Education budget decreased despite promises
Although the government has been claiming that it has given importance to education sector and that the education budget has been increased, it is just a game of figures. In real terms, the federal education budget, announced on June 3 has been decreased by over Rs1 billion. And if inflation is accounted for, it is surprising to note that the education budget has been decreased by 11 per cent. Due to this, it seems that the allocation of four per cent of gross domestic product (GDP) for education will remain a distant dream, Dawn has learnt.
Devolution of education: ‘The right to education is an entitlement, not charity’
The private sector is focused on profit, not welfare. The state has to provide all citizens with their basic rights, regardless of their ability to buy them. Can the provision of fundamental rights be privatised as well?” asked Rubina Saigol, an independent researcher, at the national roundtable discussion on Devolution of Education. The discussion was organised by the Centre for Civic Education and Khudi Pakistan in collaboration with the Hanns Seidel Foundation. Saigol said rights were an entitlement, not charity. She said she regretted that state-owned enterprises were being handed over to the private sector, including health and education facilities. “If you don’t have money you will not have access to that basic right”. She said there was a gender gap with regard to access to education. She also pointed to the rural-urban divide, with 74 per cent of urban children enrolled in schools and 49 per cent in rural children
Sindh, Balochistan fail to enroll children
The Sindh government has failed to bring more than half of school-going age children to schools and those in schools are not learning well. In Balochistan, only 39 per cent of the primary school age children are enrolled, and of them 57 per cent of girls and 54 per cent of boys will drop out before finishing the primary level education. This was the crux of the two presentations made on post-18th amendment education scene in Sindh and Balochistan provinces at a National Roundtable on “Devolution of Education” organised by the Centre for Civic Education Pakistan, Khudi Pakistan and Hanns Seidel Foundation at a local hotel on Wednesday.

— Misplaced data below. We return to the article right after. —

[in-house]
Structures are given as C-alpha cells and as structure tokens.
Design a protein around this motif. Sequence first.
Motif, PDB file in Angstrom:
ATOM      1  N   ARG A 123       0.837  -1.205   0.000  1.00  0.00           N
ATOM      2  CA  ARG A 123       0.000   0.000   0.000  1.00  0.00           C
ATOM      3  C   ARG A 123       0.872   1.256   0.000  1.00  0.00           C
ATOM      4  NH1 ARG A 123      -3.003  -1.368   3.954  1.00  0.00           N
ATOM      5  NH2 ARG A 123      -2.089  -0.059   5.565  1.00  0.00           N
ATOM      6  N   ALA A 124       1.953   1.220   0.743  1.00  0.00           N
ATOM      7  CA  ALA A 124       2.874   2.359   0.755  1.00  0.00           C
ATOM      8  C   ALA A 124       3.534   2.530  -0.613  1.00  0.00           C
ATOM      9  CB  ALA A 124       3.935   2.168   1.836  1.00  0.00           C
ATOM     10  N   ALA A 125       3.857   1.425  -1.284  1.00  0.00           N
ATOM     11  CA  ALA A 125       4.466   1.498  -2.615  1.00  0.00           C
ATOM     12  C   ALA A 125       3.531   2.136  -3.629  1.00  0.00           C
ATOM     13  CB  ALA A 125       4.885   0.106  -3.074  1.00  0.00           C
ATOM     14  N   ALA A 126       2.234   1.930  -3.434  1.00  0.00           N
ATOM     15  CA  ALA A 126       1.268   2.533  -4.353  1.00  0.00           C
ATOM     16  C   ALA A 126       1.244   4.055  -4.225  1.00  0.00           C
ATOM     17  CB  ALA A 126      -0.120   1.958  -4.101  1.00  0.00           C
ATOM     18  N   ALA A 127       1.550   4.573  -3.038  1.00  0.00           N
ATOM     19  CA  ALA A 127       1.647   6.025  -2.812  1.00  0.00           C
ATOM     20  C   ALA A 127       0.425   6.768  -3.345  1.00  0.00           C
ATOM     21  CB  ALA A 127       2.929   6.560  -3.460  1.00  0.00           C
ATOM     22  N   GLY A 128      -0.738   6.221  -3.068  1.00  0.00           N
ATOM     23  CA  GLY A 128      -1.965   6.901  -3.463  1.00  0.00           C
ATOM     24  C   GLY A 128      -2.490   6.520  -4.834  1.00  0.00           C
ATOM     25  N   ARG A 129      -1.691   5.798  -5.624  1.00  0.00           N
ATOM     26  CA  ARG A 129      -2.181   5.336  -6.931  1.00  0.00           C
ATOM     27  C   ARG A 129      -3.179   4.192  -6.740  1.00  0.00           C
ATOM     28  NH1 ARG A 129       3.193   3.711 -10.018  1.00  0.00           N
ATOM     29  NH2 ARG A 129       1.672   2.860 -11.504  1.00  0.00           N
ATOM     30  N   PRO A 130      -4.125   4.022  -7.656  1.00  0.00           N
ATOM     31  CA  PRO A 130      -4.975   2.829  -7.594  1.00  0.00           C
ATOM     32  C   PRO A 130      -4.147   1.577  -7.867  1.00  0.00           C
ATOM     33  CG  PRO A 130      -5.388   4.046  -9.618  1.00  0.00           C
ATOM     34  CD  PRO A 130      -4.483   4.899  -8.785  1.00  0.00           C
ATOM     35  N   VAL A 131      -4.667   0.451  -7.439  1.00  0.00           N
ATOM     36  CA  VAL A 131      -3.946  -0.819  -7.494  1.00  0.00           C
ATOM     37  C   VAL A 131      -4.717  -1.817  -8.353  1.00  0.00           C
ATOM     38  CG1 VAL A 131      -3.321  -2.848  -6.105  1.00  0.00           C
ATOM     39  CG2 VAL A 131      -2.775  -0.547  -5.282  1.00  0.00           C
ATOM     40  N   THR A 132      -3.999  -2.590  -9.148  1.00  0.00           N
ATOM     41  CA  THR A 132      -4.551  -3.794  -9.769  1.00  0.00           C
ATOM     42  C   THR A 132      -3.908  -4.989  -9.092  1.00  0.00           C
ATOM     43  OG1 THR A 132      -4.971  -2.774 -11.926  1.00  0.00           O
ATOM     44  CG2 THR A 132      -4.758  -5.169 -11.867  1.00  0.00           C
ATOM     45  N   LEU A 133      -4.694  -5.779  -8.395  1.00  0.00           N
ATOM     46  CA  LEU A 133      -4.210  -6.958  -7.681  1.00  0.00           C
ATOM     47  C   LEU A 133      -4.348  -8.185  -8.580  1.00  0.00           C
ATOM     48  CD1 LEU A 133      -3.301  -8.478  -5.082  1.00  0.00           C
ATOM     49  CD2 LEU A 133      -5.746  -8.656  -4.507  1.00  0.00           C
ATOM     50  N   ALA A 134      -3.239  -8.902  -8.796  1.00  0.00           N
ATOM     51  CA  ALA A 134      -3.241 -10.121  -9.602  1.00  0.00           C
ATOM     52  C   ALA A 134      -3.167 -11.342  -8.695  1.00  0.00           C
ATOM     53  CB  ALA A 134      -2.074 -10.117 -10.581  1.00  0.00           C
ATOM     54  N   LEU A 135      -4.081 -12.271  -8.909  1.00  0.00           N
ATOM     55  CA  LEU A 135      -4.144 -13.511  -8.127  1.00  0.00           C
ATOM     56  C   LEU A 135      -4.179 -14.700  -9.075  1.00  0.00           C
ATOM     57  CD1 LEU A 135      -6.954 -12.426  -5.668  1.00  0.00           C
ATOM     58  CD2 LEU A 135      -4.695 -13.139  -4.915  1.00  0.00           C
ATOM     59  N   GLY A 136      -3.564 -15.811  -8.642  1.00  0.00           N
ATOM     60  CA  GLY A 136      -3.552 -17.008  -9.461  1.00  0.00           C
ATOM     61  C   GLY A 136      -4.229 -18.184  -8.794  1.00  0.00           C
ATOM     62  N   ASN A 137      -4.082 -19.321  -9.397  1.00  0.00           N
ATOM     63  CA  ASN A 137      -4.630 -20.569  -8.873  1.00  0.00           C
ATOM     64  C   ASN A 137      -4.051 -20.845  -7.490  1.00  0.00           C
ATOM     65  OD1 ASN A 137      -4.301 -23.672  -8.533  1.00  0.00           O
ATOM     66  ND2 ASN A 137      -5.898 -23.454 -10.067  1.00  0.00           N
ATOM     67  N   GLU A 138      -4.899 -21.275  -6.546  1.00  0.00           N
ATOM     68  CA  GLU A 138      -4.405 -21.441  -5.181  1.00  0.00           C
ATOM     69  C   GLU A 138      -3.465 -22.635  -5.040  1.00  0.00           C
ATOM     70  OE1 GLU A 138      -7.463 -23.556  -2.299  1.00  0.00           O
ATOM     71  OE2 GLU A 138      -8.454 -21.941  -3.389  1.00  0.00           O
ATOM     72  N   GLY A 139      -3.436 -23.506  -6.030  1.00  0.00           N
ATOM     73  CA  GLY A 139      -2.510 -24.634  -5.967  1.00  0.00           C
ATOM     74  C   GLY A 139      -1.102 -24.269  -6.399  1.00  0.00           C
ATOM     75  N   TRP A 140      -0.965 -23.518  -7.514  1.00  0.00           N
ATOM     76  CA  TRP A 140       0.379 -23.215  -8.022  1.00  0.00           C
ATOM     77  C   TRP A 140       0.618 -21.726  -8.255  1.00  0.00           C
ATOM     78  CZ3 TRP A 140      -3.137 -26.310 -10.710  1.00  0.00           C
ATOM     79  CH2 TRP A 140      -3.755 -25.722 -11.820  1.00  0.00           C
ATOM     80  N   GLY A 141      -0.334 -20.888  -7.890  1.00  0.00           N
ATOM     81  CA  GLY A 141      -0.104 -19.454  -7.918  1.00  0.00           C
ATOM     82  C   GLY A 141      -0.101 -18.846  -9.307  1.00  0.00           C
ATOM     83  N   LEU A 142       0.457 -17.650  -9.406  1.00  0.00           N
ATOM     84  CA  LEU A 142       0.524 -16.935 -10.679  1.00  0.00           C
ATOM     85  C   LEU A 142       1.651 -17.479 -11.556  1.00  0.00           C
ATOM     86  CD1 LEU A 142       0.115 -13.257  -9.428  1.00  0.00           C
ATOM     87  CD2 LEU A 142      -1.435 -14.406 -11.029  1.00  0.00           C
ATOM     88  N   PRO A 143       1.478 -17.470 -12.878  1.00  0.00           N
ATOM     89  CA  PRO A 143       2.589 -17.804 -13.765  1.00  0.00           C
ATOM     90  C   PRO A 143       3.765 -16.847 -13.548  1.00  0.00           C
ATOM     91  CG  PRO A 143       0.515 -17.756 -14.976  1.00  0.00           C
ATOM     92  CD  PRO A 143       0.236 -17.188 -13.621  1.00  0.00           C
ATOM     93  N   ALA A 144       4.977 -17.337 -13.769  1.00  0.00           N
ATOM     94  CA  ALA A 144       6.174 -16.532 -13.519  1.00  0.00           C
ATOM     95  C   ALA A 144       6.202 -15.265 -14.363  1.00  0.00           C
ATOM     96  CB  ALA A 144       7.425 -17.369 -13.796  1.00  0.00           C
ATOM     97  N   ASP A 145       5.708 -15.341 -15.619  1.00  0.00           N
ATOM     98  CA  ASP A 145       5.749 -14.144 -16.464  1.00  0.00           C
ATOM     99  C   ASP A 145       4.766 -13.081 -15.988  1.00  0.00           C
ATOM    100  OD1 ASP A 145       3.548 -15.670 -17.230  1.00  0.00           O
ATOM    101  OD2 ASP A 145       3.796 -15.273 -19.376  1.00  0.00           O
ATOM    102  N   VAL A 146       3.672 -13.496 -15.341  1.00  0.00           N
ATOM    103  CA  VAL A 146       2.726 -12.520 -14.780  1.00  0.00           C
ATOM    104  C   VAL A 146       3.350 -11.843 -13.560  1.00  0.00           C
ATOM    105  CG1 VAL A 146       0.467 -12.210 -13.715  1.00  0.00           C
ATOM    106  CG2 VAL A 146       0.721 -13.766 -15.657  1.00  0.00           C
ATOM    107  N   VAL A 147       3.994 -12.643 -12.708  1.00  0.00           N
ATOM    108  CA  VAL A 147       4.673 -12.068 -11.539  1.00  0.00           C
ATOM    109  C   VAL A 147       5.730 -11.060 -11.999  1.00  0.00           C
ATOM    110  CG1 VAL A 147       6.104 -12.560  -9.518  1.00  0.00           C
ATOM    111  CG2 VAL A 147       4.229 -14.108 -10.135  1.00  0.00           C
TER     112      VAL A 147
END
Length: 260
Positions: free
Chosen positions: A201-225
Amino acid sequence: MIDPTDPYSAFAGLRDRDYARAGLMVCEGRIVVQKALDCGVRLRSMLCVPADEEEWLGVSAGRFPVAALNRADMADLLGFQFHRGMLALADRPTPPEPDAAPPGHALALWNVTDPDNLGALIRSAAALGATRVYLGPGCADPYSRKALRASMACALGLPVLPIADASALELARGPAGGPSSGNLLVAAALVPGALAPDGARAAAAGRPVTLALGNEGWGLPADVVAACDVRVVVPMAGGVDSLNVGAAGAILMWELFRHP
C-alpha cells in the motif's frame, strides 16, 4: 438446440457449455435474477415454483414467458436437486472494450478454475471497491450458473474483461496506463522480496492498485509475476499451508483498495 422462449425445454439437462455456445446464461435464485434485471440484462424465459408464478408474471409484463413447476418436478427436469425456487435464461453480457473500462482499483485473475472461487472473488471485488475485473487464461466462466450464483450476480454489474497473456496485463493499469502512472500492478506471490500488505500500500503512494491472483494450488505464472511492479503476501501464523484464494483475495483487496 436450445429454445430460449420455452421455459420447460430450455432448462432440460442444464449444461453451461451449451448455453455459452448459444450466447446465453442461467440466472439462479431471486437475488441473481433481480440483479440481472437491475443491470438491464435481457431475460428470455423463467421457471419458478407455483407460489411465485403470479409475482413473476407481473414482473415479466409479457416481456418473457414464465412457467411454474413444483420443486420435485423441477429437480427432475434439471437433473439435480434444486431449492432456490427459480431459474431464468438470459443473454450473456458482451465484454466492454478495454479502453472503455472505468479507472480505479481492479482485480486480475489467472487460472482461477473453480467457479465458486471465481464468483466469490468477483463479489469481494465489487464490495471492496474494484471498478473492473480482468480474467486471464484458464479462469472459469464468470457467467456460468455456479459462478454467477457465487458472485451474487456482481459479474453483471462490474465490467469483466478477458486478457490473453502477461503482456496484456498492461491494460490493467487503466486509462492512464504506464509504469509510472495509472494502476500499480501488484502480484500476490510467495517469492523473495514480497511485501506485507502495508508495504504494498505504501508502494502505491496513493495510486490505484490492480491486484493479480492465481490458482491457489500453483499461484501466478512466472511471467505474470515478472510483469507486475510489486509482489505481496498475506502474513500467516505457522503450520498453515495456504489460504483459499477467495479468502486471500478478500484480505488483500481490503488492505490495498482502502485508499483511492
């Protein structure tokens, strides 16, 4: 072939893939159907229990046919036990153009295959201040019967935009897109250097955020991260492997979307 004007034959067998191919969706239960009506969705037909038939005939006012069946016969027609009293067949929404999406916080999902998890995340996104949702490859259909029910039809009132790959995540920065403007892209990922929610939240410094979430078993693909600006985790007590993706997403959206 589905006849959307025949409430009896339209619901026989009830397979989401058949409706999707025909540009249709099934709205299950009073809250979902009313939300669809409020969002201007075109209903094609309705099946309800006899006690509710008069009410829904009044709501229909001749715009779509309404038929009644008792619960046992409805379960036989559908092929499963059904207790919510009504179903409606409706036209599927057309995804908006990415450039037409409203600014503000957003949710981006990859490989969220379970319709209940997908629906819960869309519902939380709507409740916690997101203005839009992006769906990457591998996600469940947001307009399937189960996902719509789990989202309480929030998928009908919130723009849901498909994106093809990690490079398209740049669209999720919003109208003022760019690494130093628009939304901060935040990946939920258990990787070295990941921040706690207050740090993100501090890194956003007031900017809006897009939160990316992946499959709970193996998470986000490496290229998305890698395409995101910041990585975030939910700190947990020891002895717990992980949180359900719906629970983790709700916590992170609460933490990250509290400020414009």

Nominal increase not a good omen for ICT education
Despite a small increase in the development budget for the Capital Administration and Development Division, how it will meet a growing list of challenges remains to be seen. Among the challenges are issues of daily wagers and contractual employees, fuel for school buses, enforcing the right to free education, and ensuring the availability of free text books. Last year, about Rs22 million was allocated for two ongoing projects, but this time, about Rs 748 million has been allocated for eight projects in development schemes of education. Besides, about Rs7.38 billion has been allocated for salaries and the non-salary budget, compared to Rs7.22 billion last year, a 2.2 per cent increase. Article 25-A the budget did not include any project that would assist in the implementation and execution of Article 25-A — the right to free and compulsory education. The law was passed in November 2012, but CADD has not yet specified rules of business for it. Last December, the government also abolished student funds in the schools as a step towards implementing the article, but instead, following that announcement, the salaries of employees who were being paid from that fund have become a new headache.